Given that one was operating for the first time—for the world and, most importantly, for Indians to see—the government seemed to have given the benefit of the doubt to its “corrupt” citizens. Notice the use of indelible ink for the withdrawal of money. This policy came late in the game and did so because black-money-holders brazenly misused the government’s (and the people’s) trust by sending in hired help to avail of the free, one-time conversion of old notes totalling up to Rs 4000 in value for new ones totalling up to the same value—doing this at several banks on the same day!
Every adult Indian, at least since the late-1960s, has indulged in a black money transaction. Who has not been forced to give a bribe to get what is their right to get? None, precisely. White money is converted into black when an individual bribes to obtain basic services like electricity connection, water supply, or public subsidies. The list is long, as is the room for discretion on the part of the public servants. So, a necessary part of reducing corruption/black money is to reduce discretion—it provides incomes to the bureaucrats (including, and perhaps particularly, those belonging to the tax department). If prime minister Modi does not initiate policies to reduce bureaucrat discretion, the Big Bang will be a Big Thud.
Around the world, high tax rates are the cause of black money creation. The rot exploded in the mid-1960s after Indira Gandhi’s succession as prime minister in 1966. In 1969, she nationalised the banks; in 1970-71, she ushered in “tax-reform” which guaranteed a high degree of tax evasion (with a corresponding reduction in tax revenue). This reform introduced 11 income-tax rates ranging from 10% to 85%. Then there was also a 15% surcharge, which meant that effectively the top marginal tax rate was 97.75%.
Rational response: Stop working (and no income to support the family) or bribe tax officials. Black money was born big-time. Why did Gandhi do this? To help the poor, she said.
India has one of the largest cash-to-consumption ratios in the world—about 18%. The median cash-to-consumption ratio in emerging markets (EMs) is close to 11%; India is close to the 85th percentile among the EMs. The large Indian cash economy is a consequence of tax evasion, and of bad and/or corrupt administration of the tax regime.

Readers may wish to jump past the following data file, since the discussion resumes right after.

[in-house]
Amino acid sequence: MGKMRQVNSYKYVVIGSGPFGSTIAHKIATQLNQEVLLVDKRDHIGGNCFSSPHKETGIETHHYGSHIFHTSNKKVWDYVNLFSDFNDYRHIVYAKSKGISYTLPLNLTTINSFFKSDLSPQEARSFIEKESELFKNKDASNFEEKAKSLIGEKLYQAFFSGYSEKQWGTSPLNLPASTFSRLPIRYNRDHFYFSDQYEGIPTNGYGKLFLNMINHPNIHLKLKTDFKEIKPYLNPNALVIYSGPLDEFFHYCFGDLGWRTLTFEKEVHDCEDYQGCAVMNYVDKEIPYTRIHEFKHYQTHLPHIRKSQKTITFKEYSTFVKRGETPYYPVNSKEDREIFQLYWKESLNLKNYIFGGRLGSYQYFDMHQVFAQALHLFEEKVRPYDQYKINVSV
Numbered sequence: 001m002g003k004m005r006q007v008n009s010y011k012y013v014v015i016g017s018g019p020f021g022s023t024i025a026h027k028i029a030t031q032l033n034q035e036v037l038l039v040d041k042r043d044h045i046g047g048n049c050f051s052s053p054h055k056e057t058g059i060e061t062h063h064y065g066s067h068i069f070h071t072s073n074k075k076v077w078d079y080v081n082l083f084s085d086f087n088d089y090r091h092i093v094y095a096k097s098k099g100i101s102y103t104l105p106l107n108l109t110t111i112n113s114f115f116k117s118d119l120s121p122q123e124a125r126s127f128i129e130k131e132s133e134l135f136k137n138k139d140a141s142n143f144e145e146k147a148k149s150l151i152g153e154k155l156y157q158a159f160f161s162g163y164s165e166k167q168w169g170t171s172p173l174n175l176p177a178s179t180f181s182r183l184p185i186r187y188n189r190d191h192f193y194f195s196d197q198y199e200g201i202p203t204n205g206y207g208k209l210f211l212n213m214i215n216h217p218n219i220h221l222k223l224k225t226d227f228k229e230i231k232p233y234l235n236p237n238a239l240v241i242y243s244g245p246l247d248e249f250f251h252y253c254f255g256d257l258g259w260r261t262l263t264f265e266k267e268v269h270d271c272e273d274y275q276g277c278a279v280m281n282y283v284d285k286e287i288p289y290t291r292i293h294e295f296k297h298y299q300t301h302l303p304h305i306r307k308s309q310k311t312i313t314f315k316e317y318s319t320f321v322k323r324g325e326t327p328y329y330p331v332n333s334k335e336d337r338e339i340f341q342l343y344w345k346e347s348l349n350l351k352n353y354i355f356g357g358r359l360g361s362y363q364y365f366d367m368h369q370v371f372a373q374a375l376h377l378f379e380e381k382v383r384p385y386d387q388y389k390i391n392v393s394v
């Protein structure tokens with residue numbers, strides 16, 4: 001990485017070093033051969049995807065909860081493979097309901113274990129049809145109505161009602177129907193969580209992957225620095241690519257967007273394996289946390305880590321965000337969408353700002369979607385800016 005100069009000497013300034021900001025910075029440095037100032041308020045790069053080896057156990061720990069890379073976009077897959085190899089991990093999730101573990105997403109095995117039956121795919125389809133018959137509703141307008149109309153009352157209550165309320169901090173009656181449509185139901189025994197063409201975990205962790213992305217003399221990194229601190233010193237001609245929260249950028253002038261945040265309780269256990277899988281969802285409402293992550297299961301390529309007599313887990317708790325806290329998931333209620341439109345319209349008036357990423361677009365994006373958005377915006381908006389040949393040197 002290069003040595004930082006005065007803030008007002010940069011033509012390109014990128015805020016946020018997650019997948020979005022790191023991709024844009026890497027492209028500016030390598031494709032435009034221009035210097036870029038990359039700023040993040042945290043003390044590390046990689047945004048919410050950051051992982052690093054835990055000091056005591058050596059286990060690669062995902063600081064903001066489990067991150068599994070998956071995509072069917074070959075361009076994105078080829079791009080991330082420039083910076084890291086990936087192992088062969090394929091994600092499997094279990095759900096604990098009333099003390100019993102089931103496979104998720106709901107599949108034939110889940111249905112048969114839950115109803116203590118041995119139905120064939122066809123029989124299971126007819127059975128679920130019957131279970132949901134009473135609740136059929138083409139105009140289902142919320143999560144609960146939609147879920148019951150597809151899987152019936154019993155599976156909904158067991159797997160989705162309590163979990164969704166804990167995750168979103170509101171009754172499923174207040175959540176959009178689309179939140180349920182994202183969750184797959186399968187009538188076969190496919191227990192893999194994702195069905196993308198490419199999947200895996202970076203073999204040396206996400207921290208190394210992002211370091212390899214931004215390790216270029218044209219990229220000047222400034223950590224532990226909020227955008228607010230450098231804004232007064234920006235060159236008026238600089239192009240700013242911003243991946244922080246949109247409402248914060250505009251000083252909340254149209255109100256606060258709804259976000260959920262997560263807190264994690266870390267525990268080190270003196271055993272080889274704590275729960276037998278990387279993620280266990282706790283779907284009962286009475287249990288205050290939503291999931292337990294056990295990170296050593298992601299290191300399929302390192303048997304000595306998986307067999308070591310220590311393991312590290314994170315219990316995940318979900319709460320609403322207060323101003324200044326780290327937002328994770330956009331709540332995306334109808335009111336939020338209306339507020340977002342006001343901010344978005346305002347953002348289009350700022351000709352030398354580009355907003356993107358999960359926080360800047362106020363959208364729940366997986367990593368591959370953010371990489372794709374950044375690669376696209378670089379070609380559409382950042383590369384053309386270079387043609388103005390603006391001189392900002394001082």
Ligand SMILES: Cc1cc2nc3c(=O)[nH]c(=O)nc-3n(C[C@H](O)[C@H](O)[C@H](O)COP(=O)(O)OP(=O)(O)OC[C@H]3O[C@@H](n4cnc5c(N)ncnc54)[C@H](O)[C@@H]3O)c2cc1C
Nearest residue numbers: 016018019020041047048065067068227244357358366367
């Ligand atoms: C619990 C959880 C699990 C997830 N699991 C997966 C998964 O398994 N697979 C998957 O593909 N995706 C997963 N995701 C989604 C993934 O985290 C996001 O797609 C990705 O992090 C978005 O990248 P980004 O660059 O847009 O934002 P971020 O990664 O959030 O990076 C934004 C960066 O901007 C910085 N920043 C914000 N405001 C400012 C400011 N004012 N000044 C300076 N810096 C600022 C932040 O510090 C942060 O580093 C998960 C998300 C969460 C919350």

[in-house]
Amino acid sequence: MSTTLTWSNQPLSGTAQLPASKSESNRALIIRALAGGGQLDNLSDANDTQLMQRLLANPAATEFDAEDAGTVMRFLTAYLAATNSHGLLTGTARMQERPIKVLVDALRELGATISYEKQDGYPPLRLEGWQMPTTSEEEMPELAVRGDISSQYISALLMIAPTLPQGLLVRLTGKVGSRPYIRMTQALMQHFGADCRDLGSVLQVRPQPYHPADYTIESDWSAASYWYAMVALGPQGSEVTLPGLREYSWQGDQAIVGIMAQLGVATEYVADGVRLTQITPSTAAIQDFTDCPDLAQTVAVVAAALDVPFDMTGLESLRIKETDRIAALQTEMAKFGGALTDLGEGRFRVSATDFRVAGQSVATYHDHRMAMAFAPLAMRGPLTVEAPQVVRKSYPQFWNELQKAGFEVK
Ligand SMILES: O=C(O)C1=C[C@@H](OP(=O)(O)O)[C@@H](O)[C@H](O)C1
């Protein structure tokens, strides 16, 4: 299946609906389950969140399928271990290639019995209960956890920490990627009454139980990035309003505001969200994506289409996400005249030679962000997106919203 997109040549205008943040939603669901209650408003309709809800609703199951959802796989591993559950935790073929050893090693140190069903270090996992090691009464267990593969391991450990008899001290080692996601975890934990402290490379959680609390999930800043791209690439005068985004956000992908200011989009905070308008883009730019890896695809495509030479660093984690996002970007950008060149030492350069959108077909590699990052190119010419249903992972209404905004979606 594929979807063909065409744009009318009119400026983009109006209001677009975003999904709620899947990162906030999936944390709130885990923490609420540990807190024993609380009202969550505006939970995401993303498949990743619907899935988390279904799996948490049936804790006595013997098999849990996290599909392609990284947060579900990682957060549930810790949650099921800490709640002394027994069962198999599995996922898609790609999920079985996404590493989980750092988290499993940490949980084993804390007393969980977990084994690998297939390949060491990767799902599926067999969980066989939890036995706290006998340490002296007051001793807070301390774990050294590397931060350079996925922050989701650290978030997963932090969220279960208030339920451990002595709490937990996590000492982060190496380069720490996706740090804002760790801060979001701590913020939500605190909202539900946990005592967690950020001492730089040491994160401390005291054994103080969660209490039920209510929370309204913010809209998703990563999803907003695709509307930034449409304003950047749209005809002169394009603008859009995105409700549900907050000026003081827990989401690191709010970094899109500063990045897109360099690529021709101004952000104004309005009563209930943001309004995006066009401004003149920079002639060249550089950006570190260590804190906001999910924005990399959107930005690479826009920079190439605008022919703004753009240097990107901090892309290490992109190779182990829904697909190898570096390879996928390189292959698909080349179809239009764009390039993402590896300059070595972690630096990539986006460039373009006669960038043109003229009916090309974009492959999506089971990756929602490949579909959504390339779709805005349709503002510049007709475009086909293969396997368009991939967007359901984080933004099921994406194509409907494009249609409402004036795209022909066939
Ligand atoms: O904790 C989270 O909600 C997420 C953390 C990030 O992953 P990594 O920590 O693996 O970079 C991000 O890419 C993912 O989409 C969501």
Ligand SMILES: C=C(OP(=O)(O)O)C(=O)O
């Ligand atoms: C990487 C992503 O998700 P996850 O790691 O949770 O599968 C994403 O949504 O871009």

Politicians and election funding.
Reform of election laws is absolutely necessary for reduction in black money generation. All the political parties have refused an accounting of expenditures, though they have willingly succumbed to the accounting of income. The law in India is that no more than R70 lakh (in most states and Union territories) can be spent, per candidate, for each parliamentary seat and no more than R28 lakh per seat in a state election. Former chief of the Election Commission, SY Querishi, was candid enough to admit that actual spending for a Lok Sabha seat was well above R500 lakh, or more than 20 times the official ceiling.
So, when the books of political parties are checked, income is close to the official ceiling; expenditures, with a shrug of the shoulders, “Humein kya pata”. A matching election funding scheme has been proposed by former chief economic adviser, Arvind Virmani. Accounting for expenditures is another suggestion. Either way, unless election reform is done, chances of a Big Thud increase.
In a forthcoming article, I will discuss the reform of policies pertaining to income tax rates and property taxes (including stamp duty and capital gains). Many are looking at the costs of implementation and concluding that since there are no benefits to be seen, there will be no benefits. That conclusion will be right if the government is so senseless that it will cut the tree and ignore the roots. The next step has to be taxation and election reform—if not, the Big Thud will be on the horizon.
The author is contributing editor, The Financial Express, and senior
India analyst at Observatory Group, a New York-based macro policy advisory group. Twitter: @surjitbhalla